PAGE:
Ludlam tables anti-data retention petition


blog Greens Communications spokesperson Scott Ludlam has tabled a petition in the Senate compiled by the Pirate Party which contains almost 1,500 signatures opposing proposed changes to national security legislation collectively known as the ‘National Security Inquiry’. You can find the petition online here in PDF format, and in his statement Ludlam said:

“The Joint Standing Committee on Intelligence and Security Inquiry is considering potential reforms of National Security legislation and 98.9 per cent of the public submissions they’ve received are opposed to the unwarranted and dangerously vague data retention proposal.”

“In addition to the compelling arguments made in 5,463 public submissions, this petition forensically deconstructs the case for data retention and calls for the Senate to take a strong stand in the defence of civil liberties, privacy, and the presumption of innocence.

“The system of warrants, of judicial oversight and independence, and of due process – this system evolved over centuries and without it the term ‘liberal democracy’ becomes nothing more than a meaningless slogan.”

The Pirate Party added:

Pirate Party Secretary Brendan Molloy said, “The petitioners object to penalties for failing to provide computer passwords and near unrestricted interception of communications, as well as the appallingly short window of time provided by the Committee to make a submission, of which the Pirate Party campaigned for an extension.”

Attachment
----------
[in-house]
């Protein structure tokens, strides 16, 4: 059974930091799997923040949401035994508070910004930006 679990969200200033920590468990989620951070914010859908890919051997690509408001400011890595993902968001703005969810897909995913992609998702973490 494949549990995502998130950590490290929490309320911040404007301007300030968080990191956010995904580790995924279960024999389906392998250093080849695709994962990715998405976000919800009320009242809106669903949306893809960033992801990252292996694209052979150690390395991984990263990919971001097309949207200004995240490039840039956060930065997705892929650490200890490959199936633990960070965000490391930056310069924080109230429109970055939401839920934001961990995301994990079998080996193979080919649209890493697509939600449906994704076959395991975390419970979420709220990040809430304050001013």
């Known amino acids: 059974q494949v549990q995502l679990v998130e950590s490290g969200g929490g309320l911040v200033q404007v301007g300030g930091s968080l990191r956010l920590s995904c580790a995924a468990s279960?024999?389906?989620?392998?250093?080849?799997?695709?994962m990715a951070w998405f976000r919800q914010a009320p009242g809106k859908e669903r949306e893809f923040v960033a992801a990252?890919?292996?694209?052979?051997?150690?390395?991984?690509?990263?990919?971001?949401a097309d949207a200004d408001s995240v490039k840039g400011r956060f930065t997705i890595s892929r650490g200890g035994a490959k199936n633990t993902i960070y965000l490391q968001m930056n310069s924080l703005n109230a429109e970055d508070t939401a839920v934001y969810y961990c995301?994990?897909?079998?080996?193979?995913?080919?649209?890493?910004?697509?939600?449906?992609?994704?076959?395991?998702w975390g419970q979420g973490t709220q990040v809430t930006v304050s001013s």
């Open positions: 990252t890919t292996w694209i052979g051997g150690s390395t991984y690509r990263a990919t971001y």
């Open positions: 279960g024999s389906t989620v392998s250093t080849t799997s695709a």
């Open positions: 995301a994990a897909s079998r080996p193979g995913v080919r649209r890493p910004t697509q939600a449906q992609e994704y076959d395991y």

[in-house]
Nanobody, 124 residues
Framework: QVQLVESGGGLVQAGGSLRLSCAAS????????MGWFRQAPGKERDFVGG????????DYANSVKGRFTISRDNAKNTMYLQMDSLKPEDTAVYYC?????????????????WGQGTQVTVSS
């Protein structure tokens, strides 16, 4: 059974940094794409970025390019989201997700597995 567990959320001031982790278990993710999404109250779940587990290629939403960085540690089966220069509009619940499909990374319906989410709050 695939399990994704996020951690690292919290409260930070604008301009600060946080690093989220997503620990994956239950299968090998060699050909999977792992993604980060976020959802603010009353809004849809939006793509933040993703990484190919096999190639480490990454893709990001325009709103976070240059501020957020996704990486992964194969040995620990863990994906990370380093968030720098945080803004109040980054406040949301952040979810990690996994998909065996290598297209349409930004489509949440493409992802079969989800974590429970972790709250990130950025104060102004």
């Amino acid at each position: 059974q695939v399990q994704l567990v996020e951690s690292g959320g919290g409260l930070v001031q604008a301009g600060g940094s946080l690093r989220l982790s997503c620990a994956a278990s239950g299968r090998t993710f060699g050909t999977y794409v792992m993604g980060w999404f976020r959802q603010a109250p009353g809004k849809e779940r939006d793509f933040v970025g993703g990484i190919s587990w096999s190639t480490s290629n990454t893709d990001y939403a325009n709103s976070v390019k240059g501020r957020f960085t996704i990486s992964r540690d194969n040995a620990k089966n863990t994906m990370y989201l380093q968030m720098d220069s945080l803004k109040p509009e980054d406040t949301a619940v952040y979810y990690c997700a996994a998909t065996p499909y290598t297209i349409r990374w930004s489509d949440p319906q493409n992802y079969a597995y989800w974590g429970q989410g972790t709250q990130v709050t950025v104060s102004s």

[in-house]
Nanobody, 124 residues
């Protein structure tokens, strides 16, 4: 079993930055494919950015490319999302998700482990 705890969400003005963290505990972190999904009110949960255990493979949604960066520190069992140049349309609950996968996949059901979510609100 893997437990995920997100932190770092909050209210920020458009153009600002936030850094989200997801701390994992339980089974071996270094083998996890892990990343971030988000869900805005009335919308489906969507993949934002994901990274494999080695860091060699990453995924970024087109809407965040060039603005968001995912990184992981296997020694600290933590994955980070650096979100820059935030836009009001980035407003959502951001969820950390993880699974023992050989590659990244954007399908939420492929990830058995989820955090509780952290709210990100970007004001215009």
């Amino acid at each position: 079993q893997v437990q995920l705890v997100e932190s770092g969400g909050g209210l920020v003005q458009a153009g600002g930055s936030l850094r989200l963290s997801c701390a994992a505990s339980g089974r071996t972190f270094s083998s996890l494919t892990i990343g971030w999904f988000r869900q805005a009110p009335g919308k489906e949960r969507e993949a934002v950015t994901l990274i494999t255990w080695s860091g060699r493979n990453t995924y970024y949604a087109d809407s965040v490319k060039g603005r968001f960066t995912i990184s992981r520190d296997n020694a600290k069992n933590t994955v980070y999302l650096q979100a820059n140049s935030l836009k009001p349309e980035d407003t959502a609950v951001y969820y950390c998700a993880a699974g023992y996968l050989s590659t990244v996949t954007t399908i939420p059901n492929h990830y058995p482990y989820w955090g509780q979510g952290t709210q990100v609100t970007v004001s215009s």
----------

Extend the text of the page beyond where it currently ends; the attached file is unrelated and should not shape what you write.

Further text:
“The Pirate Party and the signatories to our petition believe that law enforcement agencies should be not be able to apply indiscriminate and wholesale surveillance to the Australian public. Data retention is fraught with danger. It is not a matter of if the data leaks, but when, as documents gained through freedom of information requests have reinforced.”

Like most Australians who know about the scheme, we fervently hope that the committe examining the national security reforms put forward by the Attorney-General’s Department reject most of them. We are particularly concerned about the provisions for forced decryption, powers for ASIO to break into innocent people’s computers on their way to those of suspects, and of course the whole data retention thing, which could see logs kept of data pertaining to all Australians emails and phone calls. Seems like the sort of activities most people wouldn’t want being carried out by their Government, wouldn’t you say?

Image credit: David Howe, Creative Commons Attribution 3.0 Unported licence


  1. But, but… we can trust them, surely? I mean, they just want a peek at my personal life so that must be okay? And I don’t do anything wrong, so there’s nothing to worry about – right?

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